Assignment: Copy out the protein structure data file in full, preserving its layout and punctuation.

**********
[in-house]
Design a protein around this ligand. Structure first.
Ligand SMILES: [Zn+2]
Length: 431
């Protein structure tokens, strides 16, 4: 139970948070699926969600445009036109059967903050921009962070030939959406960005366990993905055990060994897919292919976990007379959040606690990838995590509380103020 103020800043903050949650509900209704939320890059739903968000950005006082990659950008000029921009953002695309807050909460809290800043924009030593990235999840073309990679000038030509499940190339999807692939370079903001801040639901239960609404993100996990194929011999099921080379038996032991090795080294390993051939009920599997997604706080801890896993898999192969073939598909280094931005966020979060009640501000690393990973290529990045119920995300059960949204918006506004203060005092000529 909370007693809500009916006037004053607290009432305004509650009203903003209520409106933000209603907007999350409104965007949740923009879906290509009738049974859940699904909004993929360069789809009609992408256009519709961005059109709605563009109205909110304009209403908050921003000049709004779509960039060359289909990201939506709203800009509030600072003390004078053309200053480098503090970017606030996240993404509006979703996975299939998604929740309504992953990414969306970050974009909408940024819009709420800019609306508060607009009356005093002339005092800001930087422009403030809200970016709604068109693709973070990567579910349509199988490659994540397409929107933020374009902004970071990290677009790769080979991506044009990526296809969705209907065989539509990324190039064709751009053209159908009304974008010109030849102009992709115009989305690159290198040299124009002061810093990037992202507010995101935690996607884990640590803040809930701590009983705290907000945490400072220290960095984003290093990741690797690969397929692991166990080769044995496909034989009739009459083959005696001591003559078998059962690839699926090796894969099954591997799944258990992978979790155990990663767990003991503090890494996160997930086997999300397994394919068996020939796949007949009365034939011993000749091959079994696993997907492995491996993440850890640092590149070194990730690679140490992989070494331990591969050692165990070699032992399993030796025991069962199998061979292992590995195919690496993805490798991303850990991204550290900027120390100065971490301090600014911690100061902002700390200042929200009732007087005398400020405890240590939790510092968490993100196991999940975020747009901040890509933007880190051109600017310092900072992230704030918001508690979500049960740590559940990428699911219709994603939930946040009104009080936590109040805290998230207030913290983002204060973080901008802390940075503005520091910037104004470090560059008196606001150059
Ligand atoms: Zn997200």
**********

[in-house]
Design a protein around this ligand. Structure first.
Ligand SMILES: [Zn+2]
Length: 431
């Protein structure tokens, strides 16, 4: 139970948070699926969600445009036109059967903050921009962070030939959406960005366990993905055990060994897919292919976990007379959040606690990838995590509380103020 103020800043903050949650509900209704939320890059739903968000950005006082990659950008000029921009953002695309807050909460809290800043924009030593990235999840073309990679000038030509499940190339999807692939370079903001801040639901239960609404993100996990194929011999099921080379038996032991090795080294390993051939009920599997997604706080801890896993898999192969073939598909280094931005966020979060009640501000690393990973290529990045119920995300059960949204918006506004203060005092000529 909370007693809500009916006037004053607290009432305004509650009203903003209520409106933000209603907007999350409104965007949740923009879906290509009738049974859940699904909004993929360069789809009609992408256009519709961005059109709605563009109205909110304009209403908050921003000049709004779509960039060359289909990201939506709203800009509030600072003390004078053309200053480098503090970017606030996240993404509006979703996975299939998604929740309504992953990414969306970050974009909408940024819009709420800019609306508060607009009356005093002339005092800001930087422009403030809200970016709604068109693709973070990567579910349509199988490659994540397409929107933020374009902004970071990290677009790769080979991506044009990526296809969705209907065989539509990324190039064709751009053209159908009304974008010109030849102009992709115009989305690159290198040299124009002061810093990037992202507010995101935690996607884990640590803040809930701590009983705290907000945490400072220290960095984003290093990741690797690969397929692991166990080769044995496909034989009739009459083959005696001591003559078998059962690839699926090796894969099954591997799944258990992978979790155990990663767990003991503090890494996160997930086997999300397994394919068996020939796949007949009365034939011993000749091959079994696993997907492995491996993440850890640092590149070194990730690679140490992989070494331990591969050692165990070699032992399993030796025991069962199998061979292992590995195919690496993805490798991303850990991204550290900027120390100065971490301090600014911690100061902002700390200042929200009732007087005398400020405890240590939790510092968490993100196991999940975020747009901040890509933007880190051109600017310092900072992230704030918001508690979500049960740590559940990428699911219709994603939930946040009104009080936590109040805290998230207030913290983002204060973080901008802390940075503005520091910037104004470090560059008196606001150059
Ligand atoms: Zn997200």